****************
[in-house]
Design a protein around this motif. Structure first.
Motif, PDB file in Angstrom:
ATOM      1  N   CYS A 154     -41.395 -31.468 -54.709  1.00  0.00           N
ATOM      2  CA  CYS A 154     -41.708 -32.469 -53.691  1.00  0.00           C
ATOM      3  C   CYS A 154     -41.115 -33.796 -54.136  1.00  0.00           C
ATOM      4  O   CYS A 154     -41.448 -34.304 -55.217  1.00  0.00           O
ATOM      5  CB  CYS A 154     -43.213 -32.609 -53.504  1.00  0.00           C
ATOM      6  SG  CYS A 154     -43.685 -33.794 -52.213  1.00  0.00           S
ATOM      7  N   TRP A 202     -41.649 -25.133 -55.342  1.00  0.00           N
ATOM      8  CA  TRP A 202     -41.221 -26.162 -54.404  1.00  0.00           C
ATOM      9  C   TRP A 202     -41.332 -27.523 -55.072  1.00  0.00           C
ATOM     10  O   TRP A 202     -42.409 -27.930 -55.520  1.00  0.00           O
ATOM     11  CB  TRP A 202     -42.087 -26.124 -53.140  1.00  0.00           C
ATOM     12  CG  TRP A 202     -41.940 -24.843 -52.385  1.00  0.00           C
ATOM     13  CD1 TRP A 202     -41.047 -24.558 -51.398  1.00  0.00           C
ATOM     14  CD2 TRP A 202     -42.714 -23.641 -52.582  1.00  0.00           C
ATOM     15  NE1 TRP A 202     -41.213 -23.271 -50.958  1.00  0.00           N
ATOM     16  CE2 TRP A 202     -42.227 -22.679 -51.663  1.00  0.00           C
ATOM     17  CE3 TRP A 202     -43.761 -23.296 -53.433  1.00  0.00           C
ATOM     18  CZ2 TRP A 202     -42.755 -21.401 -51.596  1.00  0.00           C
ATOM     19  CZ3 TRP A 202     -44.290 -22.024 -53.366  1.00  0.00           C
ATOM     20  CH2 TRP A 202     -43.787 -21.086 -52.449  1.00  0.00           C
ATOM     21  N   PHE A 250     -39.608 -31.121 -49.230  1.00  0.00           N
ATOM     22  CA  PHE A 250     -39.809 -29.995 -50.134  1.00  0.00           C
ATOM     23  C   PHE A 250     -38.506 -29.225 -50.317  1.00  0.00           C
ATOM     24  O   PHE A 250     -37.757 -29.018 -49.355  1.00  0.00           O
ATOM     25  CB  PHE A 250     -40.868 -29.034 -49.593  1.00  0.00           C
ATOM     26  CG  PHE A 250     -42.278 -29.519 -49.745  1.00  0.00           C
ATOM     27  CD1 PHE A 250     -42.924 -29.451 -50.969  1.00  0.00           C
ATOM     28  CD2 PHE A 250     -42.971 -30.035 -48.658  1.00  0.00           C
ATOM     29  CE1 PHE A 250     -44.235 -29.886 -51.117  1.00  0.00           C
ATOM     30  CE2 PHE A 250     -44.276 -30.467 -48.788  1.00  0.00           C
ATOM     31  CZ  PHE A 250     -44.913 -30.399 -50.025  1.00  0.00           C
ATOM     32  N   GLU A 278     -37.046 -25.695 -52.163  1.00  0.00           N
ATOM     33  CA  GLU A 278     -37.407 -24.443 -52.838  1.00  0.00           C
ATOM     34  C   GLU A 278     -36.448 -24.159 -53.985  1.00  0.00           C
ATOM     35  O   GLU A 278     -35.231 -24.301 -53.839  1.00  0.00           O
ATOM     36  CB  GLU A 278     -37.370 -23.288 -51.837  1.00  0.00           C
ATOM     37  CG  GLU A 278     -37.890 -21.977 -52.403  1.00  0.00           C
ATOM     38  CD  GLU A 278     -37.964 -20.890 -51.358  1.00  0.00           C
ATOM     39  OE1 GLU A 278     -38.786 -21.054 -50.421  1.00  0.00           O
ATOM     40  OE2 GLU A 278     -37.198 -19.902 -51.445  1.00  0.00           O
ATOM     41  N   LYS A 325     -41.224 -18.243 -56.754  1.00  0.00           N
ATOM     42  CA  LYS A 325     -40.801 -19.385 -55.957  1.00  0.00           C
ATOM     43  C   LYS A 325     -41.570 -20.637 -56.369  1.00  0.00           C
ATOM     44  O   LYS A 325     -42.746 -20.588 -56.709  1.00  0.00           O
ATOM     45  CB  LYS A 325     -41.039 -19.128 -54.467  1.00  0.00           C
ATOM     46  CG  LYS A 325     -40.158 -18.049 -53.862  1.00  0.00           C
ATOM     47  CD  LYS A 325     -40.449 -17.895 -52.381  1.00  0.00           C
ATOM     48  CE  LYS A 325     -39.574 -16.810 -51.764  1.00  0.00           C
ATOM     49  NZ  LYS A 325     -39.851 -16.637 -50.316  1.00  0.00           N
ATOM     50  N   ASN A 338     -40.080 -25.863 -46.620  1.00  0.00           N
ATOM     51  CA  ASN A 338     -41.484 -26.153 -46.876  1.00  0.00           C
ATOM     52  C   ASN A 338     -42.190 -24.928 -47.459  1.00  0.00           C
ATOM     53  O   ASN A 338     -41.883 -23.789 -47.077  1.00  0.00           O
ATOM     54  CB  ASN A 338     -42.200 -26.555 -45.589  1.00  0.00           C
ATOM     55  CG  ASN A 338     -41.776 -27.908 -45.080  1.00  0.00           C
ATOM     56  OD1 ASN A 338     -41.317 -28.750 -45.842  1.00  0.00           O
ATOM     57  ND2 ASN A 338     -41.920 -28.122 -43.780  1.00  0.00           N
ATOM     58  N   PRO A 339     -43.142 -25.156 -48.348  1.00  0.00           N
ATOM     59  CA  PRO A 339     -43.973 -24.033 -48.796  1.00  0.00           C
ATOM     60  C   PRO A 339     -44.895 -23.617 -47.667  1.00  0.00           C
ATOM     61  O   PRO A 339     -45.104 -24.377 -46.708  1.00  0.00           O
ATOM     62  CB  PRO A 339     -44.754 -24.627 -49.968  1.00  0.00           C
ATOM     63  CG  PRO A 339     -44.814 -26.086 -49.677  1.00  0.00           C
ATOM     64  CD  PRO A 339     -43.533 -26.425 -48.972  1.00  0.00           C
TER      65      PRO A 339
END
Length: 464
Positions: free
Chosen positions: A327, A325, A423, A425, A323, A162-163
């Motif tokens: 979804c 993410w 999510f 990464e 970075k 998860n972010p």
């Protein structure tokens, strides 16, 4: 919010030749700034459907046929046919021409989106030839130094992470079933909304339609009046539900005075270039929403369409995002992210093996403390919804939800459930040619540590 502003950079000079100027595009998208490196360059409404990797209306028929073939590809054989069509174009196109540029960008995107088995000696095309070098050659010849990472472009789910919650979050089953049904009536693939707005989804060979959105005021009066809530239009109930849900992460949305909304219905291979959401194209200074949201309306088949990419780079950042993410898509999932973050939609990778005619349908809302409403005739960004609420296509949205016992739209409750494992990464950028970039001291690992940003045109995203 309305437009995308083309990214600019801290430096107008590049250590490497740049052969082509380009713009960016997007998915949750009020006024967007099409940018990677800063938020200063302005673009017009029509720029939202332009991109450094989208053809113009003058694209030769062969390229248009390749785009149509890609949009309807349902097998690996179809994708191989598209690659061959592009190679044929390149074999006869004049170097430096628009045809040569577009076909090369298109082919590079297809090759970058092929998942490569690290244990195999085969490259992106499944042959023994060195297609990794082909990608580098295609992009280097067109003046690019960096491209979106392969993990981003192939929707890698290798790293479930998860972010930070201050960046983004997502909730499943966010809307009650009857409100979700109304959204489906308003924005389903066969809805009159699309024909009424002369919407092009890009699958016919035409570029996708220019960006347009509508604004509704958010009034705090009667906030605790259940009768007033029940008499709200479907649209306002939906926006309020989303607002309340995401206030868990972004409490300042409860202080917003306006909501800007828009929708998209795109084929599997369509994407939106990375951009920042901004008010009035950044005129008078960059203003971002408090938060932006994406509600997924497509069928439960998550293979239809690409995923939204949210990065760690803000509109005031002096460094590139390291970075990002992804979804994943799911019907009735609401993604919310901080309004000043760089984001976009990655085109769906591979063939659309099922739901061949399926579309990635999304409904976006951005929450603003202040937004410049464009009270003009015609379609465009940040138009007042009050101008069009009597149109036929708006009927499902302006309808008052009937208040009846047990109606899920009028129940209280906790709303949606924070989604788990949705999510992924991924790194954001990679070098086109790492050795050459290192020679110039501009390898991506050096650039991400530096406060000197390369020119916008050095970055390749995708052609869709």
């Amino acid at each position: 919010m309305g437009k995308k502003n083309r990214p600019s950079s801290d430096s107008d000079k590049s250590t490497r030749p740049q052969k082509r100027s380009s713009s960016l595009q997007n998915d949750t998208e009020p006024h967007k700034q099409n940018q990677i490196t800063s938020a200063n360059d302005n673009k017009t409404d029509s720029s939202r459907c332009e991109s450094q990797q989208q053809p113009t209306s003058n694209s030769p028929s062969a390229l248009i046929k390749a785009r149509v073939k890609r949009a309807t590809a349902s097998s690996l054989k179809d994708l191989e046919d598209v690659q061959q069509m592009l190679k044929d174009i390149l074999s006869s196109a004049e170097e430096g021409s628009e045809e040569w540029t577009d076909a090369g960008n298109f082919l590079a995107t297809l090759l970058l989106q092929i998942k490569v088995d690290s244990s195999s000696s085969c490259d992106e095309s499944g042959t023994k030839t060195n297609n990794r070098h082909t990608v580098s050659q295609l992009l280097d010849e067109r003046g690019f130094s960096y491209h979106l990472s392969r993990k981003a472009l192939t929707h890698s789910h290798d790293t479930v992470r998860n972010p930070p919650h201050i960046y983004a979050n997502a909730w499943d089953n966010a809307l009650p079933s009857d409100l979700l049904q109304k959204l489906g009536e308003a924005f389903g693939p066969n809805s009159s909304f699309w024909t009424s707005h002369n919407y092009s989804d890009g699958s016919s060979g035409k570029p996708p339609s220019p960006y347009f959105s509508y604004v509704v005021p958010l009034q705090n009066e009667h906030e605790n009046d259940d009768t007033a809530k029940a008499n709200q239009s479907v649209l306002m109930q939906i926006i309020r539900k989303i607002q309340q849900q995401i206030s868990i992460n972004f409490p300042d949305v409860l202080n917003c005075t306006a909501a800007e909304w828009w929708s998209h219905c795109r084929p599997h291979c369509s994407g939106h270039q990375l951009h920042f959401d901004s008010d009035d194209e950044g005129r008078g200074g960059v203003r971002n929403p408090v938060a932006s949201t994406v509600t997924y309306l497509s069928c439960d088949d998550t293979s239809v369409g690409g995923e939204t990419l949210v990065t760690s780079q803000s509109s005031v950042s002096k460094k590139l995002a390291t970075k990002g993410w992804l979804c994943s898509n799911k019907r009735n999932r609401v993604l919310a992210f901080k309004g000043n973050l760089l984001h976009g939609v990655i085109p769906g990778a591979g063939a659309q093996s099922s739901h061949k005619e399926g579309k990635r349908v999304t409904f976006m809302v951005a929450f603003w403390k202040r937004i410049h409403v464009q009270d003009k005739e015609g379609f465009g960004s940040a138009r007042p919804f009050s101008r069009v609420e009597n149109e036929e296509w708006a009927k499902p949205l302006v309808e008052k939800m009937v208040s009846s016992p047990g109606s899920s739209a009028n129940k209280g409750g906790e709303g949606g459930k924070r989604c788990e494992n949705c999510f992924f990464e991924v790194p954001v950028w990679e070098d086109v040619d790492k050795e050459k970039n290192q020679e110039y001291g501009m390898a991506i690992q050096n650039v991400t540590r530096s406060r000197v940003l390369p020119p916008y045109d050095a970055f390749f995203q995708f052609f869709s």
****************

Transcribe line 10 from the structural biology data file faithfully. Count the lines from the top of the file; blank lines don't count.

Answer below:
ATOM      7  N   TRP A 202     -41.649 -25.133 -55.342  1.00  0.00           N